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Tuesday, May 04, 2004


Sullivan on Abu Ghraib, "Sex and Humiliation":
[T]he nakedness and the sexual humiliation might be far more potent in a sexist, homophobic and patriarchal culture than in less sexually repressed societies. One of the most important things to remember about today's Muslim extremism is that it has taken what is the submission of women under Islam and turned it into a political pathology. Like most variants of fascism, it is deeply troubled by women's equality and by homosexuality. Hence the impact of these images could be psychologically devastating to many Iraqis - and far worse to those in countries where Islamism has made even deeper inroads. This was not simply a p.r. debacle; it was a p.r. catastrophe.
Yes, if p.r. is about getting them to like us. But consider Spengler, "Horror and humiliation in Fallujah" (and remember that the derivation of catastrophe is turning everything upside down):
The Islamic world cannot endure without confidence in victory, that to "come to prayer" is the same thing as to "come to success". Humiliation - the perception that the Ummah cannot reward those who submit to it - is beyond its capacity to endure.

Radical Islam has risen against the West in response to its humiliation - intentional or not - at Western hands. The West can break the revolt by inflicting even worse humiliation upon the Islamists, poisoning the confidence of their supporters in the Muslim world. ...

[S]etbacks to the Ummah are a challenge to the faith of every believer, for all events are in the hands of Allah, not those who have submitted to His will. Success therefore is a theological necessity for Islam. Humiliation for Jews and Christians is a chastisement from God; did not Christ accept His humiliation on the cross? For Islam, humiliation is a refutation of the faith itself.

For a generation, Western policy towards the Muslim world has emphasized deference towards Muslim sensibilities, the Bush White House emphatically included. It does not occur to Muslim radicals that their enhanced status in the Islamic world might prompt the West to undertake the opposite, namely to humiliate some aspects and some leaders of Islam, if not the religion itself.
RTWT, especially his notes on the West's incapacity in the face of horror - one very real way we could lose the war and our civilization (as Europe has increasingly lost its way in the long aftermath of 1914).

As only a semi-Jacksonian, I have real problems with the prospect of killing large numbers of Muslims - especially those whose barbarism extends "only" to dancing in the streets when Westerners are slaughtered, or admiring the seemingly strong horse. But I have far fewer problems with humiliating their leaders, systematically and deliberately. In public, not in private behind prison walls, as interrogation prep by over-reaching reservists and non-military contractors.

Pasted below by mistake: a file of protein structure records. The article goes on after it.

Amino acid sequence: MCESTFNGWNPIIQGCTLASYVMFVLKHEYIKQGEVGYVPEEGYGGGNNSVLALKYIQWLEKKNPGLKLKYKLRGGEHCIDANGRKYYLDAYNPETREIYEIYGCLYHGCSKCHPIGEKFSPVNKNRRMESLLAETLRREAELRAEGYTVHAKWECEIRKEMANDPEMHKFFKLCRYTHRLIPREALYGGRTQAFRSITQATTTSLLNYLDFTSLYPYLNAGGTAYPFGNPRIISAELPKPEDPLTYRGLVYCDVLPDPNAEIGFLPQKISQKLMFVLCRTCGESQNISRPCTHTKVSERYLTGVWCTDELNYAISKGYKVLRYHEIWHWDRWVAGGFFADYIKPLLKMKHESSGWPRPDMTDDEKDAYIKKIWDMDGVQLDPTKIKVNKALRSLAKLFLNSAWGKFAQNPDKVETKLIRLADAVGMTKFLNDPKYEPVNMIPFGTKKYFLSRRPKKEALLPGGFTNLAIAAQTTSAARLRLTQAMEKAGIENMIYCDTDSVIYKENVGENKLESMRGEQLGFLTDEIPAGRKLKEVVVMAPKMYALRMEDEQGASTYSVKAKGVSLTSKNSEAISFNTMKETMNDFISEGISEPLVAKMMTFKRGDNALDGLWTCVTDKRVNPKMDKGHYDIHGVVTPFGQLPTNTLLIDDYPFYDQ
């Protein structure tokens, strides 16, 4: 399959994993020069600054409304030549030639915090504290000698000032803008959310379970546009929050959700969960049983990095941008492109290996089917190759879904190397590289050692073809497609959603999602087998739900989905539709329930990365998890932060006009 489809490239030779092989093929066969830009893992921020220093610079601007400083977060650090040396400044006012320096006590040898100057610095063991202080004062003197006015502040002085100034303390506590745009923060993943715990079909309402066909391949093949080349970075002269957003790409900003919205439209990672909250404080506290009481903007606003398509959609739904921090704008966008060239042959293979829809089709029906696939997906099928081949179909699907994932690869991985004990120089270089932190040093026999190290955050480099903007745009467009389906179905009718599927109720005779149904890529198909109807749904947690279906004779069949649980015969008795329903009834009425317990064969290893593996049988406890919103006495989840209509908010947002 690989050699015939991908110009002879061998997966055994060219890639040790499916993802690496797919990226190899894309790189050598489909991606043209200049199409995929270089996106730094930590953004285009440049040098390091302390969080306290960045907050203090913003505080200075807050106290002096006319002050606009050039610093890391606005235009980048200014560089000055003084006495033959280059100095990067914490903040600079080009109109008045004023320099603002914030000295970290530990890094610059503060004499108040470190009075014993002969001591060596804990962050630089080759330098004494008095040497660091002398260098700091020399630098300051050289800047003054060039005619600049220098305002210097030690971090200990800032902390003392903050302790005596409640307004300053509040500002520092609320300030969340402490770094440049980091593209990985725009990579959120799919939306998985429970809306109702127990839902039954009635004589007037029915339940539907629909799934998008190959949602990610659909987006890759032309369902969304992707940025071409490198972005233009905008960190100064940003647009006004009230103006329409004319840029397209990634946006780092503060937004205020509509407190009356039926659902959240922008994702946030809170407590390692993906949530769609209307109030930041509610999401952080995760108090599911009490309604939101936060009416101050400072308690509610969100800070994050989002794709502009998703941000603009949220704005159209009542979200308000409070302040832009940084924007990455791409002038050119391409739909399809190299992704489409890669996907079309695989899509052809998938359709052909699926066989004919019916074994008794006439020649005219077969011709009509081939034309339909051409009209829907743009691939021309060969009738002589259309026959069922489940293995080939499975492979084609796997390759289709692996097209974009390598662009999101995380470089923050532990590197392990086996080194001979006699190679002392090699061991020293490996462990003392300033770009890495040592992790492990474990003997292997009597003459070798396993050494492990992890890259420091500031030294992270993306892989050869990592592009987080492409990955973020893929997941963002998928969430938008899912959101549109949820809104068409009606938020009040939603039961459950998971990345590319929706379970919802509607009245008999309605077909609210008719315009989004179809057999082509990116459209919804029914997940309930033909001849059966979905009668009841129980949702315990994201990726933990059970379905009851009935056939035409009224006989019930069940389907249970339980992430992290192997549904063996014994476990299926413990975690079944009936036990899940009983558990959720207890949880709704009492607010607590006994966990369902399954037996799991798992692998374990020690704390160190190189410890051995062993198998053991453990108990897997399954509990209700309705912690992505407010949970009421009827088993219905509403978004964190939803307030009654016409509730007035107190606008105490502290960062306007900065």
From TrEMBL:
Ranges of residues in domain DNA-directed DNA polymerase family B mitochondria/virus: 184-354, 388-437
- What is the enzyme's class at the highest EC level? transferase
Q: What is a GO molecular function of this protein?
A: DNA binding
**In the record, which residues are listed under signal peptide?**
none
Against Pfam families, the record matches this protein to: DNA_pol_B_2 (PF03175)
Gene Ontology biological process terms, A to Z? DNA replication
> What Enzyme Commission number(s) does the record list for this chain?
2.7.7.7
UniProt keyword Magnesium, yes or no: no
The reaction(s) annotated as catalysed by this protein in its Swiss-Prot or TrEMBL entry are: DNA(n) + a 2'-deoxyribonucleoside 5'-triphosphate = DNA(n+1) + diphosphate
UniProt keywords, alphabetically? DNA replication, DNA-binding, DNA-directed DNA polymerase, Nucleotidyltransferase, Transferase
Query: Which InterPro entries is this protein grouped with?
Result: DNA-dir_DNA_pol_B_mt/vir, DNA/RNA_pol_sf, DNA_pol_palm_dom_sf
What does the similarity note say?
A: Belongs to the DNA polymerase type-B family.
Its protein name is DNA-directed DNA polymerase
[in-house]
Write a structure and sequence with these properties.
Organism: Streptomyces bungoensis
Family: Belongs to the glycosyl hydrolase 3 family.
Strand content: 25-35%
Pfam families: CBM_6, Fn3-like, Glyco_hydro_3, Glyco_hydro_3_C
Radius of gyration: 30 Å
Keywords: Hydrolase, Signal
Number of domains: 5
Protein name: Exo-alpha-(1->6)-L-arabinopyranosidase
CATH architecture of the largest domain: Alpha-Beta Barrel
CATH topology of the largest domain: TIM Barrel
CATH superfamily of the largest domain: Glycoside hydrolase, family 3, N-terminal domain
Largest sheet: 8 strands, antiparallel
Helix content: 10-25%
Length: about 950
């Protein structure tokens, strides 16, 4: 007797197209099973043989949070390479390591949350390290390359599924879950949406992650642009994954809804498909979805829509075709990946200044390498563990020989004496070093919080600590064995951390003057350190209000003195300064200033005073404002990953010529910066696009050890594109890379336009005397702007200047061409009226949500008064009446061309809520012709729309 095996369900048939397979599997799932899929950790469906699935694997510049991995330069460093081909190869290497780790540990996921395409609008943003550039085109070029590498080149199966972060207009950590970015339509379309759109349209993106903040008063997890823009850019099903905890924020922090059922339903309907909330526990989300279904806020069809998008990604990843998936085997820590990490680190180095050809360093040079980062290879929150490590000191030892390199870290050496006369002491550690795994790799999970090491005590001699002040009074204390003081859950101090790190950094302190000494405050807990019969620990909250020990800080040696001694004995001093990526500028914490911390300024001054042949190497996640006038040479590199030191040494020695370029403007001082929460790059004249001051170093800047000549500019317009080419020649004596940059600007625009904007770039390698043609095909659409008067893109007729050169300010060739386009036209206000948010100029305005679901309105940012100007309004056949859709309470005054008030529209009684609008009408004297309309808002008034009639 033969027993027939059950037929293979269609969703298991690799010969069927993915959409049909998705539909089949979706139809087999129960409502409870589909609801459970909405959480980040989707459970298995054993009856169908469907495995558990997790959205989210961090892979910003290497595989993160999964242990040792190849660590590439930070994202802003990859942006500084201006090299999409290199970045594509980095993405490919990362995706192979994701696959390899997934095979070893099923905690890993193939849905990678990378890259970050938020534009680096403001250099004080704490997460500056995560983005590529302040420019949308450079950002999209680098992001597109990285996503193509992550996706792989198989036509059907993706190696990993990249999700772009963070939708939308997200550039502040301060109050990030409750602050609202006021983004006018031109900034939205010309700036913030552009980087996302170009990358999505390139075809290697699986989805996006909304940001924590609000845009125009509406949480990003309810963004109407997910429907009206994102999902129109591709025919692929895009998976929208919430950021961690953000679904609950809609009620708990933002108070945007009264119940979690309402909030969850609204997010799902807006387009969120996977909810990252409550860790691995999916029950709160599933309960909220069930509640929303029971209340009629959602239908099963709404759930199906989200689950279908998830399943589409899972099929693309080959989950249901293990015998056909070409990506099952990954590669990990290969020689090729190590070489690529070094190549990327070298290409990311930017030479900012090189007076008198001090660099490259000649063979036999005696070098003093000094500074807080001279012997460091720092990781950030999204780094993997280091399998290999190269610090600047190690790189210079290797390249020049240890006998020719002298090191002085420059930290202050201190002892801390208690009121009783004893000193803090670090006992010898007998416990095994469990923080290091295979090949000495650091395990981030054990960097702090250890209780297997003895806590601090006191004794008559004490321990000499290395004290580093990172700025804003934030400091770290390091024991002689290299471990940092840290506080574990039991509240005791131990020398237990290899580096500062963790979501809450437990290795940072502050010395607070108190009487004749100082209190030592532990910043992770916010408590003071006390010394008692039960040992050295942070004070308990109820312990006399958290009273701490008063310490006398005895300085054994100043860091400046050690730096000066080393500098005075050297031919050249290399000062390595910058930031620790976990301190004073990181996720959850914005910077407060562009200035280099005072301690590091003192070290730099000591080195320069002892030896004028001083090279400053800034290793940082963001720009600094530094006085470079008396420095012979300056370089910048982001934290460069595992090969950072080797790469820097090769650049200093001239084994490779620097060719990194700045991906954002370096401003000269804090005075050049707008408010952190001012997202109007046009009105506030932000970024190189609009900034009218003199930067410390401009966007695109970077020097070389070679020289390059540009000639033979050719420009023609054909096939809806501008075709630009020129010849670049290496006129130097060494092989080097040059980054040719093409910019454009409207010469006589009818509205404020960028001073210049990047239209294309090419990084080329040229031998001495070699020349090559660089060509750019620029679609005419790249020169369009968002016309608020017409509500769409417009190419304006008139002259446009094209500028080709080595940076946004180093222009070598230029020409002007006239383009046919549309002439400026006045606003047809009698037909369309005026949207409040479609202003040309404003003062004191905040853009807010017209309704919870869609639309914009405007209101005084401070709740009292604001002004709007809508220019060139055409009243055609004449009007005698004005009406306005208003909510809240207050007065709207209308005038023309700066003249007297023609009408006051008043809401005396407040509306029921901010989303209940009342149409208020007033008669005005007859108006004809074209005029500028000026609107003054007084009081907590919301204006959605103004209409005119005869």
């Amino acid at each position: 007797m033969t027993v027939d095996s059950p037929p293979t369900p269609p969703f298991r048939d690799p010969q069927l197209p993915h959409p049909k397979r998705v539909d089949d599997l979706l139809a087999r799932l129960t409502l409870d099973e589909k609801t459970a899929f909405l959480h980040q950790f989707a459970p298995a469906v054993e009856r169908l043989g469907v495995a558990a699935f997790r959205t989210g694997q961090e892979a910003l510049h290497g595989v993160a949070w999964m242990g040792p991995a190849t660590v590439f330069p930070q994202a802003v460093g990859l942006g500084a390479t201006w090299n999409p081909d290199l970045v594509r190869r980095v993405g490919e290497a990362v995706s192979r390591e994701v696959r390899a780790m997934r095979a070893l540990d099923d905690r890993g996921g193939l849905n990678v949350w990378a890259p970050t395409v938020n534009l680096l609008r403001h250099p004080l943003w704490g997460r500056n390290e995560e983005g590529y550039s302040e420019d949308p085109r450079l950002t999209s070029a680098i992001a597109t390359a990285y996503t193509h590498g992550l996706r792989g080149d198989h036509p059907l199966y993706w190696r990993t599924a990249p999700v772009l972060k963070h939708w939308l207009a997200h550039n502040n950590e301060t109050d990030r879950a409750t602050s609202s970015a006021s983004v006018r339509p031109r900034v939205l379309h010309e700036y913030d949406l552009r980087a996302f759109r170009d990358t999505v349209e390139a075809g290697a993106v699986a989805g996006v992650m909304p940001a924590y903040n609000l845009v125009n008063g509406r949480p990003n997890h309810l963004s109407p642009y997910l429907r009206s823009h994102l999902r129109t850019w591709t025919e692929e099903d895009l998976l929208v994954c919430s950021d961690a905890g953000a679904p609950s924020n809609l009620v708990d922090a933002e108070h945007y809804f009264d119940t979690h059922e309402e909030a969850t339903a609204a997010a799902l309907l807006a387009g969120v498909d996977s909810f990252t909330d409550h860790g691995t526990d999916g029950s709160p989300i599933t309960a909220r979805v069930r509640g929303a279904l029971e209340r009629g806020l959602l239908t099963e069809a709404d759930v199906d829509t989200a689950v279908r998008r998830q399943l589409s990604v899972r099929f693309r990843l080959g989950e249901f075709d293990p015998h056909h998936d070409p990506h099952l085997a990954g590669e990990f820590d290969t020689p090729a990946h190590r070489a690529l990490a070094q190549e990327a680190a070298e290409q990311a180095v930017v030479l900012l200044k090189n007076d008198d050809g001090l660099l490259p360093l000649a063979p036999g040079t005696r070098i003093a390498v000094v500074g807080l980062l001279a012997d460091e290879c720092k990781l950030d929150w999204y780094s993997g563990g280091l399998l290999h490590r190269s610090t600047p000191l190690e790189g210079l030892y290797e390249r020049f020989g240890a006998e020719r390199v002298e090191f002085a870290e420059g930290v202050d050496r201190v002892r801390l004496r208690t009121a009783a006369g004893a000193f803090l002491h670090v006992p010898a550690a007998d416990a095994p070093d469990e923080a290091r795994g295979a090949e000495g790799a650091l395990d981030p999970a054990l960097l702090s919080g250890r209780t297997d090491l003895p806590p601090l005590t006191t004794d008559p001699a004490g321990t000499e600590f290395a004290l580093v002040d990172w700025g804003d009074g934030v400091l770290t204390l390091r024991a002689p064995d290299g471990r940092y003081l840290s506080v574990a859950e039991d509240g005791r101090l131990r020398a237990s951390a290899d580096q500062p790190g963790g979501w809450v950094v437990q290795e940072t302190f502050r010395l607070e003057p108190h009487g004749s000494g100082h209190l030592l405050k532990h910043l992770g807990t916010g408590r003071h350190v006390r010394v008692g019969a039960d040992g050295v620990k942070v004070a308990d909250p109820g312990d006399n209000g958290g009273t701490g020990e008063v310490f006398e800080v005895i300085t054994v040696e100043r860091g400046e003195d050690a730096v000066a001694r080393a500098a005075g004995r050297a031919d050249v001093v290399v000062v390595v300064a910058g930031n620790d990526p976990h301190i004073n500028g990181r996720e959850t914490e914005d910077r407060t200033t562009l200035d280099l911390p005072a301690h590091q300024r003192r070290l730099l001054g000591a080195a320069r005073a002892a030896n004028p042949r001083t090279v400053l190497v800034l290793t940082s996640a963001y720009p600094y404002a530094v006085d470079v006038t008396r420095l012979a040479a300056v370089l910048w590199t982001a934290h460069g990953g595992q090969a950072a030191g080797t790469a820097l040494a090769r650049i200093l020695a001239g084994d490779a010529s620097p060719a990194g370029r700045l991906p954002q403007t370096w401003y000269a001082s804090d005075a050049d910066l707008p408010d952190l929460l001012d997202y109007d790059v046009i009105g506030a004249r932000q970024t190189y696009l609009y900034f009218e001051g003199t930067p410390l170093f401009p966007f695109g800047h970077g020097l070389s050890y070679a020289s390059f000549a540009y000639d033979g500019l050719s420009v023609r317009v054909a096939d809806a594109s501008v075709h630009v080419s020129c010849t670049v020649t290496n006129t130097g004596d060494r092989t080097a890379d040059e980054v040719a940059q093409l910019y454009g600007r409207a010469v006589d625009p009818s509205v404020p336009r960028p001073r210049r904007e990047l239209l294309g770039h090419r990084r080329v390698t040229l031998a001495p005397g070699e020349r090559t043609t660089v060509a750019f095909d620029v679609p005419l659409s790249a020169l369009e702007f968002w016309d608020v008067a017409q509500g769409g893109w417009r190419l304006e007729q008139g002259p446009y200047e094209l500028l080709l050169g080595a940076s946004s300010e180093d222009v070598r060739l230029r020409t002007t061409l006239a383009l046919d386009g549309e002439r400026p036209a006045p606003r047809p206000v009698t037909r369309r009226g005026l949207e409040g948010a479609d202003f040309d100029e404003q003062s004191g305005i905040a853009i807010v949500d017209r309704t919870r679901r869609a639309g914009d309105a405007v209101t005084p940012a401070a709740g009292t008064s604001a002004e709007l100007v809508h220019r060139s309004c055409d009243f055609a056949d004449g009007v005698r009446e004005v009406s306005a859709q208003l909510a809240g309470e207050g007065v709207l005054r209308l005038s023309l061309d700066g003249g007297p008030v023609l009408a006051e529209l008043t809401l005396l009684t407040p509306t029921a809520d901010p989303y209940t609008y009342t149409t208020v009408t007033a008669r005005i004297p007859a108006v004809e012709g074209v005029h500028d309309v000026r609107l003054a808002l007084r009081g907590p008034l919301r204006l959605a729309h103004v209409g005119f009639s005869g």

Al Qaeda intended to humiliate America on 9/11, anticipating that undefended strikes at the centers of commerce, military power, and government (remember flight 93) would shake our arrogance and self-confidence. Killing wasn't the central point; just a feature. No one really expected the towers to fall. But what we reacted to was the horror: the randomness, the helplessness on the airplanes and the top floors, the NYFD's courage going up the stairs: the jumpers.

Antiwar warnings before Afghanistan and Iraq largely focused on the horrible carnage to come: the carpet bombing, the refugees, the starving civilians, the body parts. The Pentagon's Shock and Awe tactic is far less effective against people who don't react the way we do to horror; thank goodness we leapt ahead to try decapitation instead, and pushed forward from there.

The lightning drive to Baghdad and the exposed lies of Baghdad Bob were humiliating to everyone who expected a stiff defense. But after major combat was over, we stopped attacking the point of weakness. The Iraqi army shouldn't have been disbanded and allowed to slink away; they should have been paraded through the streets in disgrace, perhaps with stones provided along the route, and then put to work rebuilding infrastructure and digging up mass graves.

We became concerned with Iraqi sensibilities, and sought to minimize casualities - which is our concern, not theirs. We stopped addressing the central point of Muslim pride - what they call arrogance in us, because we're not entitled to Allah's favor. The result is Fallujah and Najaf, and growing disdain for the occupation.

In the short run, we're trapped. We have to return sovereignty on July 1 before the Iraqis publicly acknowledge that they couldn't have removed the Baathists on their own, and that they're not really capable of running a free and functioning country by themselves. Maybe the light will begin to dawn with the first sectarian massacre, but I'm not hopeful. Denial is definitely a river in the Middle East.

In the next campaign - and there are many campaigns to come in this long war, the variables being When and Where and Why and How many deaths - I hope we don't continue to make the mistake of not targeting the central Muslim pressure point.

Islam could very much use some humility. And humiliation is the usual necessary path to it.

posted by Kelly | 11:23 AM link